Setting User Expectations on Price

Great comment from Michael Powell at the Web 2.0 Conference (paraphrase): ‘My son says 99 cent songs on iTunes suck! He thinks music should be free. But his ringtone bill last month was $40! To me, a ringtone is just a bad sample of a song, but to him, it’s worth $2.99. It’s all about setting expectations.”


Boy is he right. This is one of the big challenges of every economic transition — figuring out how to set user expectations for pricing. (Incidentally, this has been one of our challenges with Safari. For our publishing business to survive, we have to set expectations for the price of an electronic book service that will support the costs of producing the content — and thus our business. If we don’t set reasonable expectations, we die. Some of the early eBook services sold publishers on the idea that this stuff was just ancillary revenue, and so they could price it really low, as gravy. But we thought that online access would one day be primary, and we’d have to live on the revenue that it provides. So we needed to set the pricing expectations much higher. And note that I said “reasonable” — enough to create a willing buyer and a willing seller. If we try to charge too much, we die too.)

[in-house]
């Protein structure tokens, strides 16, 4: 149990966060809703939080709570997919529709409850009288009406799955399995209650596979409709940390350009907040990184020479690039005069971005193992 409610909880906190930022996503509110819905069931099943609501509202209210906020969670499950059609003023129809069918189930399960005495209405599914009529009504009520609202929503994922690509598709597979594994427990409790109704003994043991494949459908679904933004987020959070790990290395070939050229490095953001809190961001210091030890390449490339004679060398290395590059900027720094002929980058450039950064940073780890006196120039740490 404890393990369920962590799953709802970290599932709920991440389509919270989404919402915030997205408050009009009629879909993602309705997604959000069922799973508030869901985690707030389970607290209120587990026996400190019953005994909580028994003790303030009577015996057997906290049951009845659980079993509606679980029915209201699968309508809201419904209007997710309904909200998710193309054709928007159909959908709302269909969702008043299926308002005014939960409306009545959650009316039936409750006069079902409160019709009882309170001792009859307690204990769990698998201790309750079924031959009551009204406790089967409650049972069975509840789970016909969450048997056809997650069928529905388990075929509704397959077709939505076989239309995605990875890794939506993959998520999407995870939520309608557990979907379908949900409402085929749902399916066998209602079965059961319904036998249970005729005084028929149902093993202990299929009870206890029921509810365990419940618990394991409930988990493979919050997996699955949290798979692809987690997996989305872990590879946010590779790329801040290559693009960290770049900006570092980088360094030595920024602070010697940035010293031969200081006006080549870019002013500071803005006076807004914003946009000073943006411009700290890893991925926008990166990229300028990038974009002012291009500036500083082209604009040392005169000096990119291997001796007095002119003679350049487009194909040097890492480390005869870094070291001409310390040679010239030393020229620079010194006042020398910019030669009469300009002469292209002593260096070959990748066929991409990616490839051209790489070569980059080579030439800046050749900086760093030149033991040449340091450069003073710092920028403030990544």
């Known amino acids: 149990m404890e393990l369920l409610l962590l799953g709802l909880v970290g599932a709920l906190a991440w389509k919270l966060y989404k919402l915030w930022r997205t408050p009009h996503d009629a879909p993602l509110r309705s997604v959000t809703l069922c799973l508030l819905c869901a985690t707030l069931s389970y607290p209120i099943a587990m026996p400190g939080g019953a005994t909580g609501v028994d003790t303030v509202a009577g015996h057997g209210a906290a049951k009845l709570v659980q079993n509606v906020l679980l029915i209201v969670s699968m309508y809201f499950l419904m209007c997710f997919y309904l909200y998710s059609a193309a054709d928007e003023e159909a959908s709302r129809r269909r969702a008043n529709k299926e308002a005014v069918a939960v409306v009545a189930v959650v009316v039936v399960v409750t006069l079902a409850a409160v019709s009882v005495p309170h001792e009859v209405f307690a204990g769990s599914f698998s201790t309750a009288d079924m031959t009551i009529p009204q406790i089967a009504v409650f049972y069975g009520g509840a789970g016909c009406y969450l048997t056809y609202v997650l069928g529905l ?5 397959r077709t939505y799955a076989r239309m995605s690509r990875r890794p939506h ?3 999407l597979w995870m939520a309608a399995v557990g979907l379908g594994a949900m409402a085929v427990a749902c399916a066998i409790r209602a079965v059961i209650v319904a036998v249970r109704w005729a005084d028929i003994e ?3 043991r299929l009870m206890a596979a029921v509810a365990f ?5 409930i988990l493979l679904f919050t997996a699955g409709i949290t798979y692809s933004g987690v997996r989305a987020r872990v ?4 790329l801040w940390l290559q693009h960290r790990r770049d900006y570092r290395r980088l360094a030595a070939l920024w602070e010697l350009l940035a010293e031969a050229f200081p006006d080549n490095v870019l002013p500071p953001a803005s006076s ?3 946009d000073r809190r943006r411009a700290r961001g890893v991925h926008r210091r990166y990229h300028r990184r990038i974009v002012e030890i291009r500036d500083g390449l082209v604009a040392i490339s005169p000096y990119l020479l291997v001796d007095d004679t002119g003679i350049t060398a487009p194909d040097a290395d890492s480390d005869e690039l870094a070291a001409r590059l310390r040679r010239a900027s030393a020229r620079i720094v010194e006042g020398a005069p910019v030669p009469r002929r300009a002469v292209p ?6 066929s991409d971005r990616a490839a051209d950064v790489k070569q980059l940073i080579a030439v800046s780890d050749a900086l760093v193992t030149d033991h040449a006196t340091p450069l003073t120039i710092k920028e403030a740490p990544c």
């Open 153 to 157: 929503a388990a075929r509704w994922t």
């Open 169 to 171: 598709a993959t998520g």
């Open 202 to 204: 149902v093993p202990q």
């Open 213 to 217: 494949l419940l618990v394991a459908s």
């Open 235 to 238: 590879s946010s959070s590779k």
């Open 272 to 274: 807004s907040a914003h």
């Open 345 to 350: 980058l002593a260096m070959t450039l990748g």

Makes me think of George Soros’ comment about “reflexive knowledge” – that many of the most interesting things are neither true nor false, but become true or false depending on what people believe.